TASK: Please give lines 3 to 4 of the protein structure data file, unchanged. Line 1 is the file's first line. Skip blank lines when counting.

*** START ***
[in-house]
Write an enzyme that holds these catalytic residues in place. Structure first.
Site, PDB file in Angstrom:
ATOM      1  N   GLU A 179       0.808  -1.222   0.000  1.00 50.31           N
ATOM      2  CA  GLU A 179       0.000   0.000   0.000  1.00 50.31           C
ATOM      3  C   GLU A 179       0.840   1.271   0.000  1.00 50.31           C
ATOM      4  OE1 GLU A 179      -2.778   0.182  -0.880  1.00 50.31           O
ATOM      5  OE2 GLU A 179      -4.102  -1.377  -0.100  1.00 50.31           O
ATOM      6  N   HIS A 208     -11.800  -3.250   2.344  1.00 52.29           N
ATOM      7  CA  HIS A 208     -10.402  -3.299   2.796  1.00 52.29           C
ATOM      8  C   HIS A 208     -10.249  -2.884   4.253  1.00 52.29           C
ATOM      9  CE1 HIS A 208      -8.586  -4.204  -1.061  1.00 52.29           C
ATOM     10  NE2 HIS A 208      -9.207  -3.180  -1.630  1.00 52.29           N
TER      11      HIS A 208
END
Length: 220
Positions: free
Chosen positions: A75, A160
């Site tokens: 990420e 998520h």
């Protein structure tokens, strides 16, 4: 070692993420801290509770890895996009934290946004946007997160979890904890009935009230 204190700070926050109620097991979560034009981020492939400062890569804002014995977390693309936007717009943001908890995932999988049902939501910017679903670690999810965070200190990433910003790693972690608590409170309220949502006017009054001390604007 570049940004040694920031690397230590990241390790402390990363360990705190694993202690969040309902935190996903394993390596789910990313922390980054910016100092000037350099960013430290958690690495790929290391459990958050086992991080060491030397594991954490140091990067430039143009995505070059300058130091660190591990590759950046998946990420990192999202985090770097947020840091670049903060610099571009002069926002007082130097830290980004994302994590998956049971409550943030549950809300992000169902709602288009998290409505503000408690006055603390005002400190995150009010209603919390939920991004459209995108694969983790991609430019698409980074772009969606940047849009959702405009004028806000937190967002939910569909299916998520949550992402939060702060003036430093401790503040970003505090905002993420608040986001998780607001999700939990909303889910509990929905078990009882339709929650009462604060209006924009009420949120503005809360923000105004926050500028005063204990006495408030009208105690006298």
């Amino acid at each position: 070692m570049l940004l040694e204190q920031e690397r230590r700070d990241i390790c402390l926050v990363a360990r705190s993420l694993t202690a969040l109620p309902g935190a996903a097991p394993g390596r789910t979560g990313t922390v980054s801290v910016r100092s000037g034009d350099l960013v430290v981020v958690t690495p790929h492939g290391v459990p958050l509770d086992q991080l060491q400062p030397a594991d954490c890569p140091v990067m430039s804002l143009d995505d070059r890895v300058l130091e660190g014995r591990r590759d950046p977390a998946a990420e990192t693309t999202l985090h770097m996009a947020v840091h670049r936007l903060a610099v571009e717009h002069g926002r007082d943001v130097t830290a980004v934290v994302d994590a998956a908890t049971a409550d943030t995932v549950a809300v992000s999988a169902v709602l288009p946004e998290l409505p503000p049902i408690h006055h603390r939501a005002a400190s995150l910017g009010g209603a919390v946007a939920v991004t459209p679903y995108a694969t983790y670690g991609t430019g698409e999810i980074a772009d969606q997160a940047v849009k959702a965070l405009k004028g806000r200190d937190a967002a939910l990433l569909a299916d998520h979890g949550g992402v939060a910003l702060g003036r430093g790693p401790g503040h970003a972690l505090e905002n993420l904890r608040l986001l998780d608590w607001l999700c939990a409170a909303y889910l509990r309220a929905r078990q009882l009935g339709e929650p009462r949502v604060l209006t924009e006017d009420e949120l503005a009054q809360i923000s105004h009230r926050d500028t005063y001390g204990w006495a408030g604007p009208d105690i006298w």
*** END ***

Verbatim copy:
Site, PDB file in Angstrom:
ATOM      1  N   GLU A 179       0.808  -1.222   0.000  1.00 50.31           N